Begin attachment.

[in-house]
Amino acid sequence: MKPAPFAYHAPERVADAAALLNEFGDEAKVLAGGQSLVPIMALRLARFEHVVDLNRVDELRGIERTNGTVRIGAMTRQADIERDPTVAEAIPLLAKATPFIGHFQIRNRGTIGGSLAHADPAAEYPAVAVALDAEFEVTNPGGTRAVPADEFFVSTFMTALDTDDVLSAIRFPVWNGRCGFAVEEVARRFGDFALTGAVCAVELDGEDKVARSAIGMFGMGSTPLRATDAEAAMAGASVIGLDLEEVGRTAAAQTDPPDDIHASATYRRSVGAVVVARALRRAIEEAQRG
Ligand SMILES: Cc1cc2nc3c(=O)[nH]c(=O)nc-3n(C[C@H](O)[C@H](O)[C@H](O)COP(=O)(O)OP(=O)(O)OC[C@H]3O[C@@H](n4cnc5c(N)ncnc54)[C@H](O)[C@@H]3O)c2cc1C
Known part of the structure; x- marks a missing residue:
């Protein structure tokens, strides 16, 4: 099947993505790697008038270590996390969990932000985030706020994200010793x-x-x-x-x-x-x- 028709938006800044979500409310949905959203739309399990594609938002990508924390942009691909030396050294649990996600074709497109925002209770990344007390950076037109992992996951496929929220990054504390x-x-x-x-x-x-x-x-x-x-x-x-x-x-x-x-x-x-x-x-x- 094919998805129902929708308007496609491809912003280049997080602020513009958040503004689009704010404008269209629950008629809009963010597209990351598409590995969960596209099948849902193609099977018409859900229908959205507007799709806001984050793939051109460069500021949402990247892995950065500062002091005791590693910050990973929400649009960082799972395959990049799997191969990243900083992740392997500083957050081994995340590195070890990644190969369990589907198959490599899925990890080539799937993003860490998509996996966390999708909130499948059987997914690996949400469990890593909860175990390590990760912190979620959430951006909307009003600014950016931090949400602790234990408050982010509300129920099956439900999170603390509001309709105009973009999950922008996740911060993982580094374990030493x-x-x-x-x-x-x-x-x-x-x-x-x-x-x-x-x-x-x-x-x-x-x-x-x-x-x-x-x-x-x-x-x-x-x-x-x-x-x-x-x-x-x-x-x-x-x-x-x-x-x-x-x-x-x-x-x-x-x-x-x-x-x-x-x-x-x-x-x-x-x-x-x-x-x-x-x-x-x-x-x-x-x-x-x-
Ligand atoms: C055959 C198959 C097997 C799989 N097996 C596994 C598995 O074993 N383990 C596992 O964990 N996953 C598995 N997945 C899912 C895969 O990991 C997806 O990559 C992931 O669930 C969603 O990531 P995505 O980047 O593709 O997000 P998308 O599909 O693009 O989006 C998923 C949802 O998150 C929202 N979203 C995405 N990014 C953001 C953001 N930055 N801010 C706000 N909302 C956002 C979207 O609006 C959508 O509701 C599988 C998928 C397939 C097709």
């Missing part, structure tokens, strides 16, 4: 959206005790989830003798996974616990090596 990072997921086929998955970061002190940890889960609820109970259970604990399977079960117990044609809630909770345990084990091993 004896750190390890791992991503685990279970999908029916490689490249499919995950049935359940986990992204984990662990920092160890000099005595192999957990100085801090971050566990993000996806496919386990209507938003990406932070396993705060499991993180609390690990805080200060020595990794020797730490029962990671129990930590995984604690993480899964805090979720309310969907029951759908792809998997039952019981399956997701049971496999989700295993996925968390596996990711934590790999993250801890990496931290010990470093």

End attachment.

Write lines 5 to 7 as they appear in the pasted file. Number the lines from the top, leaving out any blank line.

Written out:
């Protein structure tokens, strides 16, 4: 099947993505790697008038270590996390969990932000985030706020994200010793x-x-x-x-x-x-x- 028709938006800044979500409310949905959203739309399990594609938002990508924390942009691909030396050294649990996600074709497109925002209770990344007390950076037109992992996951496929929220990054504390x-x-x-x-x-x-x-x-x-x-x-x-x-x-x-x-x-x-x-x-x- 094919998805129902929708308007496609491809912003280049997080602020513009958040503004689009704010404008269209629950008629809009963010597209990351598409590995969960596209099948849902193609099977018409859900229908959205507007799709806001984050793939051109460069500021949402990247892995950065500062002091005791590693910050990973929400649009960082799972395959990049799997191969990243900083992740392997500083957050081994995340590195070890990644190969369990589907198959490599899925990890080539799937993003860490998509996996966390999708909130499948059987997914690996949400469990890593909860175990390590990760912190979620959430951006909307009003600014950016931090949400602790234990408050982010509300129920099956439900999170603390509001309709105009973009999950922008996740911060993982580094374990030493x-x-x-x-x-x-x-x-x-x-x-x-x-x-x-x-x-x-x-x-x-x-x-x-x-x-x-x-x-x-x-x-x-x-x-x-x-x-x-x-x-x-x-x-x-x-x-x-x-x-x-x-x-x-x-x-x-x-x-x-x-x-x-x-x-x-x-x-x-x-x-x-x-x-x-x-x-x-x-x-x-x-x-x-x-
Ligand atoms: C055959 C198959 C097997 C799989 N097996 C596994 C598995 O074993 N383990 C596992 O964990 N996953 C598995 N997945 C899912 C895969 O990991 C997806 O990559 C992931 O669930 C969603 O990531 P995505 O980047 O593709 O997000 P998308 O599909 O693009 O989006 C998923 C949802 O998150 C929202 N979203 C995405 N990014 C953001 C953001 N930055 N801010 C706000 N909302 C956002 C979207 O609006 C959508 O509701 C599988 C998928 C397939 C097709």
């Missing part, structure tokens, strides 16, 4: 959206005790989830003798996974616990090596 990072997921086929998955970061002190940890889960609820109970259970604990399977079960117990044609809630909770345990084990091993 004896750190390890791992991503685990279970999908029916490689490249499919995950049935359940986990992204984990662990920092160890000099005595192999957990100085801090971050566990993000996806496919386990209507938003990406932070396993705060499991993180609390690990805080200060020595990794020797730490029962990671129990930590995984604690993480899964805090979720309310969907029951759908792809998997039952019981399956997701049971496999989700295993996925968390596996990711934590790999993250801890990496931290010990470093």